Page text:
I agree on everything you've said here. The more I think about it the less confident I get. How will i be able to pull this off when I don't even got the suited location to record his pieces. My hyper modern studio ain't gonna do. The microphones RayBullard recommended are just lovely for the purpose, but I doubt I can find a suiting location. Anybody know a farmer?? I need a barn. I can only see problems gathering up here... Bringing my neve some place else will mean my insurance won't cover anything. I don't like to gamble when it comes to sound quality nor using gears i'm not familiar with. Believe me, I know when things are hard to pull off. I have been to countless numbers of lectures in positive thinking, and none of them would help me in this case. I can't just let something come out of my studio that I have no control over. It could do serious damage to my reputation, and i'm sure many of you people out there who produce professional records will agree with me. I will take next weekend off to try my neve amp together with those microphones (if they arrive in time). If the results comes out on top then i'll go with it. But i've got a feeling it's not going to work.
Old 26th August 2006 | Show parent
  #11
Quote:
Originally Posted by Fletcher View Post
That's a crock of ****.

Recording is recording.

The tools didn't make Hank Williams sound, Hank Williams made Hank Williams sound. That stuff was recorded in a bunch of studios over a bunch of years by who ever was around that day and on the schedule to work the session. There was no "specialty" bull**** back then just well trained engineers who had whatever was available in the studio... they "hit red" and the music either came out of the performer or it didn't.

If the performer can perform worth a **** then they will do the job of making it sound "right"... all you have to do is take the variations in air pressure they produce and store them somewhere. It really ain't rocket surgery... but you should have an open mind and a trained ear or you'll miss when you have a good blend/balance and texture to the music and "over produce" it until it sounds all the other homogenized "pitch corrected" horse**** that pollutes the modern radio airwaves.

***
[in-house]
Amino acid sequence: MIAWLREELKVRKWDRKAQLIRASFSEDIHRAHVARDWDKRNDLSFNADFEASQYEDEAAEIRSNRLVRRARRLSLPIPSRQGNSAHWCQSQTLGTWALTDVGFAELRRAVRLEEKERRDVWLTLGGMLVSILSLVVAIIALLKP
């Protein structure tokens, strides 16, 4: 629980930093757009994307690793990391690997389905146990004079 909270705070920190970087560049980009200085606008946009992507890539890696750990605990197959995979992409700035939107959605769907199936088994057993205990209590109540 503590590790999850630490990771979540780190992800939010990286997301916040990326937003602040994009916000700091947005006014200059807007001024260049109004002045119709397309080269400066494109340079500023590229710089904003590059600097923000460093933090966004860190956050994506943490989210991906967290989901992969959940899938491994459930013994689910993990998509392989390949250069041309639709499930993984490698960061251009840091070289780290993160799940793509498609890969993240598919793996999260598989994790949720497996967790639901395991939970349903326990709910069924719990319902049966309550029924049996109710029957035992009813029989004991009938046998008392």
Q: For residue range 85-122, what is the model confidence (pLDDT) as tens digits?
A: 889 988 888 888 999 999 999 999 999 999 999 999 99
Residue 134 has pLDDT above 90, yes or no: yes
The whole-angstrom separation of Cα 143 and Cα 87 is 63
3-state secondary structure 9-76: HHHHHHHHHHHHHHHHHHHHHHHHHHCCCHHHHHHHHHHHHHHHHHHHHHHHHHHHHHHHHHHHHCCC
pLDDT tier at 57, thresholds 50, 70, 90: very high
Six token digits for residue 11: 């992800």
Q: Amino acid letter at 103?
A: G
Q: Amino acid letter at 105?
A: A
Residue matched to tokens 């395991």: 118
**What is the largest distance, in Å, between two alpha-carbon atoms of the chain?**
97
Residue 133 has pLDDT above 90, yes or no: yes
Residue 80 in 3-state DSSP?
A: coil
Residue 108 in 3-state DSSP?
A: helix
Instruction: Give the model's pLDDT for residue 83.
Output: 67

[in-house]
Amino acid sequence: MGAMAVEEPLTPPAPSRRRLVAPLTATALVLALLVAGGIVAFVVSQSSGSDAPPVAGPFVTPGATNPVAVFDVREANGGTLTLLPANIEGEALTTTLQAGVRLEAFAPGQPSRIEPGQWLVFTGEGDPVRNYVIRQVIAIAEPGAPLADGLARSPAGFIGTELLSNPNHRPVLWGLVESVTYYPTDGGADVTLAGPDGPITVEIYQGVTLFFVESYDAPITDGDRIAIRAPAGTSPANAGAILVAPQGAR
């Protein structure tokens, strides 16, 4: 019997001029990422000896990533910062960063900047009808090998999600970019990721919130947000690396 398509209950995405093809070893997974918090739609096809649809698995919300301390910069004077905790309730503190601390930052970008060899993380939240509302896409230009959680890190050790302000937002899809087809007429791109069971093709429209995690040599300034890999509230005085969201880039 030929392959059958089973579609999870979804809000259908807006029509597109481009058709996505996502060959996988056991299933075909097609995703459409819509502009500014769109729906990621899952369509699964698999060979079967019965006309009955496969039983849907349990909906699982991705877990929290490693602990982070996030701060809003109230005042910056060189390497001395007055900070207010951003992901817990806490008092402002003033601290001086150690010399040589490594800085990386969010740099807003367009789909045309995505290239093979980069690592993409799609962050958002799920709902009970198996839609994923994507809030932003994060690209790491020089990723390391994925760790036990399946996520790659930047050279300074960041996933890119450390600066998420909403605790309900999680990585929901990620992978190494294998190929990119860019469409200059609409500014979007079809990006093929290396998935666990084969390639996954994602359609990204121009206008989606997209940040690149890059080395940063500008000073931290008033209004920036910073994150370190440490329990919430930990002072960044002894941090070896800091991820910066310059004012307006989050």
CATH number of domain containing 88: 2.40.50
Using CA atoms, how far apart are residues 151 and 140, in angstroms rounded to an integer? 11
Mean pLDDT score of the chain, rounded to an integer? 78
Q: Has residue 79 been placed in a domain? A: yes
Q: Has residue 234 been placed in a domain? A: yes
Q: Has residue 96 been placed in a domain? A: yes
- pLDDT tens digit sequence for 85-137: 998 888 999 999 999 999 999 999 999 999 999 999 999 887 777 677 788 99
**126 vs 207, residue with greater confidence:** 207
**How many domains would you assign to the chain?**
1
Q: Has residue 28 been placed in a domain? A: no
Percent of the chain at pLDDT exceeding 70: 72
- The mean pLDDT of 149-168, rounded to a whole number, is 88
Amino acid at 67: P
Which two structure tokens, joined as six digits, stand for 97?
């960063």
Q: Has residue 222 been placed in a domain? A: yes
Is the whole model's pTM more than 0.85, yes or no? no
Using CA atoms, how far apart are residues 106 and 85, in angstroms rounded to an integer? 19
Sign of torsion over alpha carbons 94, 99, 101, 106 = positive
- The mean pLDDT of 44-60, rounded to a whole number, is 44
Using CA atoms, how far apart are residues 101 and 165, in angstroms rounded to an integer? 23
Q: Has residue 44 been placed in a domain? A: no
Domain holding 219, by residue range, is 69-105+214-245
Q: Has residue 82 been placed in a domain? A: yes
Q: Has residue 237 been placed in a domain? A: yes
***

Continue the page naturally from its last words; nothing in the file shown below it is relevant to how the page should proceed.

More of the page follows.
Use what you have... let the performer do the work. That's how they did it back then and it's still a valid technique.

Peace.
Dear Fletcher, please don't find my post offensive but I need to tell you something. Back in the days there weren't as many producers around as it is today. And the word producer actually meant something more than having a computer in your basement. The standard used to be tube amps. Everything wore the quality mark that you won't even come close to in todays market. We agree on one thing though - the people making the music. They could just walk into a studio and just get it right. No 2nd chance. You just stepped up to your microphone and did your job, and if it wasn't good enough no one would end up buying it. Though the purpose back in those days was more often just having a record made for yourself and your family. I admire the way they pulled these jobs off, since the people who usually came into the studio hardly knew what a microphone looked like. And let me tell you something about how I work. I never let the artist deside whether the finished product is allowed to be released or not. It's all written down in the deal, I take no charge before the product is done and ready for being released. If something isn't good enough to be released I simply just don't continue my work. In most cases I know who i'm taking on and i'm positive i've got the correct gears to finish it. So this case is quite special.

Back in the 70's when we first started out me and Jack had this 2chl reel to reel tape to record our first band with. I still remember coming back in the afternoon after sitting awake for 2 days in a row recording just to find all the tapes gone. Jack obviously wasn't happy about the results and had desided that we weren't gonna release the tapes. And eventhough i'd like to hear the results today i'm still happy Jack threw those tapes away, because it taught me to not be satisfied with less. And that mentality I still carry with me today, and just look where it got me.
Old 26th August 2006
  #12
Lives for gear
 
Harvey Gerst's Avatar
Quote:
Originally Posted by NorthernDigStar View Post
Hello again. Time for me to absorb some information from you my co-forumists. We've got this guy from Texas/Hewitt coming over for a session, and he insists on having me as his producer. I've been on the phone for hours trying to make him understand I won't be able to complete his project, no matter how experienced I am or how good my reputation is. So the the problem can't be solved that way. The only way I can pull this job off is by getting the correct equipment to record a country album and make it sound like it did back in the days. I'm talking about The Carters family, Jimmie Rodgers, Hank Williams - the list goes on... I have never gone close to any of their microphones, simply because I believe neumann U47 is the only mic worth recording vocals with. So if you've got any information about typical mics they used back then, go ahead telling me what you know.
No condenser mics. Use a ribbon or a decent dynamic. A lot of the Hank Williams, Carter family, and Jimmie Rogers stuff was recorded in somebody's living room, not a fancy recording studio. The quality came from the performers, not the equipment. No phones, one mic, and make it enjoyable. Record, listen back, adjust mic (or musicians) as necessary, record again, repeat till it's all balanced.

Either an RCA 77DX (higher quality) or an EV 664 (more typical) will do a decent job. Recording to tape at 3-3/4ips or 7-1/2ips would be nice, but not necessary. Isotope has a free plug-in that will give you that old 78 sound.
Old 26th August 2006 | Show parent
  #13
I was just talking on the phone with Jack. He's got a hold of a RCA 77A, which is suppose to be one of the most rare items in that serie. So we're skipping the studio then and we're gonna try to use some kind of barn or just a cottage. Together with that Copperphone mic i'm pretty sure we can handle this task. If I get permission from the author I might post some results to keep you updated on the project.
Old 6th October 2006 | Show parent
  #14